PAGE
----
Witherup’s “down wind, down river”

While doing some background reading on William Witherup, I noticed that several critics referred to him as a “Beat.” I’m not sure that I’d classify him as a beat, but certainly the title poem of this volume,


For Frederick Wayne Nelson, down river,
who was in the bio-path of the Green Run, 1949

Oh say can you breathe
By the dawn’s early wind
What so proudly we made
At Hanford Engineering Works:
Iodine-131, plutonium, ruthenium.

At the dawn’s early light
Irradiated meadowlarks
Filled a young boy’s heart
With isotopes of beauty.
Particle and wave shimmered
Over the river stones.

What so proudly we hailed.
Looking for arrowheads
After my morning paper route,
By the hot Columbia;
Bike sparkling with flakes
Of mica not mica.

“Roll on Columbia,” Woody.
Salmon smolt stunned
As they hit the outflow plumes.
At twilight’s last gleaming
1-131 sifting on sage and thistle,
On sweet, newly-cut alfalfa.

Plutonium in the hog swill,
Ruthenium in the jackrabbit’s eye.
The pure products of America go crazy.
By the dawn’s early light
Hiroshima flickers white-hot,
Nagasaki fuses with the sun.

Particle and wave,
What physicists proudly hailed,
Who used murderous intellect
To invent deadly winds; military
And scientific elite gassing their own
Workers, soldiers, and children.

Down river, down wind;
1-131, plutonium, ruthenium.

-Seattle, 1996

reminds me of the Beats with its shrill overtones. If I hadn’t been a down winder, I might even reject the poem as a failure. Since I’ve spent considerable time in these areas and experienced the same feelings, the poem works for me, though I suspect I would like it more as folk song than as a poem. Reminds me a little of Woodie Guthrie in its earthiness. One of the qualities that I did admire in many of the Beat poets.

As you might imagine, my feelings toward nuclear power don’t differ too much from Witherup’s. In fact, one of my greatest criticisms of President Obama was his shutting down of the nuclear repository in Nevada while still pushing for increased nuclear development. Anyone who has even a minimal understanding of the disaster that is Hanford should realize that it’s totally arrogant to continue to develop nuclear energy without first finding an effective way of storing the waste products.

That said, the poem seems too shrill to ever be a personal favorite or one that I’d return to repeatedly.

William Witherup’s down wind, down river

I’ll admit I’m always a little surprised when I discover a poet I’ve never heard of that grew up around me. As I read down wind, down river, I began to realize just how many experiences I shared with William Witherup even though he’s closer to my older brother’s age than mine. “Down wind” in the title refers to living downwind from Hanford Nuclear plant, an unfortunate circumstance I share with him, as well as his belief that living downwind caused some of my own health problems.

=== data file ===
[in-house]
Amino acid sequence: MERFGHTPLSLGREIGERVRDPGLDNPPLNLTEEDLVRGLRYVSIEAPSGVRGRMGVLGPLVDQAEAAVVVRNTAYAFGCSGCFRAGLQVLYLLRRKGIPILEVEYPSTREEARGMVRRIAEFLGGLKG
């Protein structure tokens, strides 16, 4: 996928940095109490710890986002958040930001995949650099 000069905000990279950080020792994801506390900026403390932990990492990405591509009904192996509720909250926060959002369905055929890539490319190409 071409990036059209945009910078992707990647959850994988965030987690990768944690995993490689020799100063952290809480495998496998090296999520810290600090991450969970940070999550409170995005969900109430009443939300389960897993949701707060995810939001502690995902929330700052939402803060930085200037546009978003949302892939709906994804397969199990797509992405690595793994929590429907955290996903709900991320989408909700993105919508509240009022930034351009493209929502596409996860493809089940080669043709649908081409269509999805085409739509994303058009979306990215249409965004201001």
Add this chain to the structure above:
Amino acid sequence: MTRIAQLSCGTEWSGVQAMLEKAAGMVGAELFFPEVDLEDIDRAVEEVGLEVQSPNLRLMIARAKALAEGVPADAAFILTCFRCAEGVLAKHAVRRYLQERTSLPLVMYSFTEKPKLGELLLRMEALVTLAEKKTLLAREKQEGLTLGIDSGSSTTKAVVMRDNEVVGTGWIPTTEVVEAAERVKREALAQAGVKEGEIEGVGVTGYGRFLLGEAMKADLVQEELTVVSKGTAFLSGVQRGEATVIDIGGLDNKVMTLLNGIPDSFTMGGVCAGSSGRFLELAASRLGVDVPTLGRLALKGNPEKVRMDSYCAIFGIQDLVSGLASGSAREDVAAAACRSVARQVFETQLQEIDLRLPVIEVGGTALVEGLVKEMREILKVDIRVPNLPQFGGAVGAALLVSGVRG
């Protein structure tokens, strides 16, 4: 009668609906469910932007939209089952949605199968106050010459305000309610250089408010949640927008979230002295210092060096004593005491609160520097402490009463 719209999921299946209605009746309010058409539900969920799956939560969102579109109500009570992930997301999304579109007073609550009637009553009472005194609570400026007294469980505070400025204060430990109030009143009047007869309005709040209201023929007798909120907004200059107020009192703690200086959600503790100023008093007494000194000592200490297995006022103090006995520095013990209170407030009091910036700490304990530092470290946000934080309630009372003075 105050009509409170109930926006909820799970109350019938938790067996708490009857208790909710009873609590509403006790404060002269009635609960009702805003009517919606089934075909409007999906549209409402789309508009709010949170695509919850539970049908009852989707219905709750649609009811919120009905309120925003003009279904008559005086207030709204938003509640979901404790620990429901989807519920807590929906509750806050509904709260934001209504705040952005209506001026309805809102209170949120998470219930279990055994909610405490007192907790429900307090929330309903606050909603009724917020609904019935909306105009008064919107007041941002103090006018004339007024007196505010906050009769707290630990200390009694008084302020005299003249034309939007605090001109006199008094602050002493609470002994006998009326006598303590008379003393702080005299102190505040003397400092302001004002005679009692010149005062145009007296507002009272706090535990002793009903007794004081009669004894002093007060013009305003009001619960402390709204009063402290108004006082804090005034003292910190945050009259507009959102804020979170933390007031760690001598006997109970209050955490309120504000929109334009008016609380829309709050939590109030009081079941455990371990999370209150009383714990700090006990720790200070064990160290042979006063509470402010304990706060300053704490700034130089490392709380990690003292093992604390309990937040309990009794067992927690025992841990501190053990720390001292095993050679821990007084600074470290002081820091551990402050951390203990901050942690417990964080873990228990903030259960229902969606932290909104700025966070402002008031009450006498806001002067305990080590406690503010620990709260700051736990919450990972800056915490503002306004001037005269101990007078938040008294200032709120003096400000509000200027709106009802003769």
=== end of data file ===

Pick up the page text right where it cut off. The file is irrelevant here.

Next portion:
He also attended the University of Washington, where he studied under Theodore Roethke. Though I never had the pleasure of taking one of Roethke’s classes, I certainly fell under his influence just by the fact he dominated the English department three of the four years I was there. Witherup also ended up in California after he graduated, an area where I spent several years of my life, and shared some of the views he expresses in his poetry.

Luckily I didn’t share his his bi-polar disorder, but, considering the number of poets who have suffered from it, including Roethke himself, I wonder to what extent the disorder contributes to his poetry. Sometimes it seems that the disease allows the poet to see a particular situation more dramatically than the rest of us do.

For instance, we’ve all had moments like this one,


She stood in the cool shaft
of a gift shop doorway, her dress
morning glory blue against brown skin.
Her presence loosened the chrome yellow light
and the afternoon expanded, touching each man
in the plaza with the spaciousness
and destiny of a conquistador.

I travel with her still through personal deserts,
my water bag filled with the elixir of her smile,
for even the lizards are sick
of seeing the black, swollen tongues of poets.


but only the poet, or the painter, sees it vividly enough to preserve the moment like this. For most of us, it’s only when we read the poem or look at the painting that we recall such moments. Of course, the painter can only capture the first five lines of the poem. It takes the poet to contrast this moment of beauty with his own bitterness, his “black, swollen” tongue, and to show the fragile link between the two.

When I read


An infected vein
carrying filth to and from the city;

a funnel
draining a huge operating table.

Even the light here
is the color of pus.

All the late model cars
have tinted windows to shield the murderers

and the chrome is honed
to slash and carve.

And the city has drawn
a rubber curtain of shrubbery

to enclose the view
and muffle the screams.
-Berkeley, 1966

I could vividly recall a moment when I was driving from Barstow to Los Angeles. As I reached the summit of the mountains I looked down into the valley below, and all I could see was a brownish-yellow haze covering the valley below. It was over thirty years before I returned to LA after that, preferring to drive north to Bakersfield the rest of the time I was stationed in the Mojave Desert, even though the nightlife was virtually non-existent in comparison to LA’s.

Unfortunately, my view of freeways has changed very little since then. Still, I would never have thought of translating those feelings into this kind of poem, even though I identified with it as soon as I read it. It reminded me of some early Mark Strand poems that I liked, another poet who seemed heavily into South American poets.

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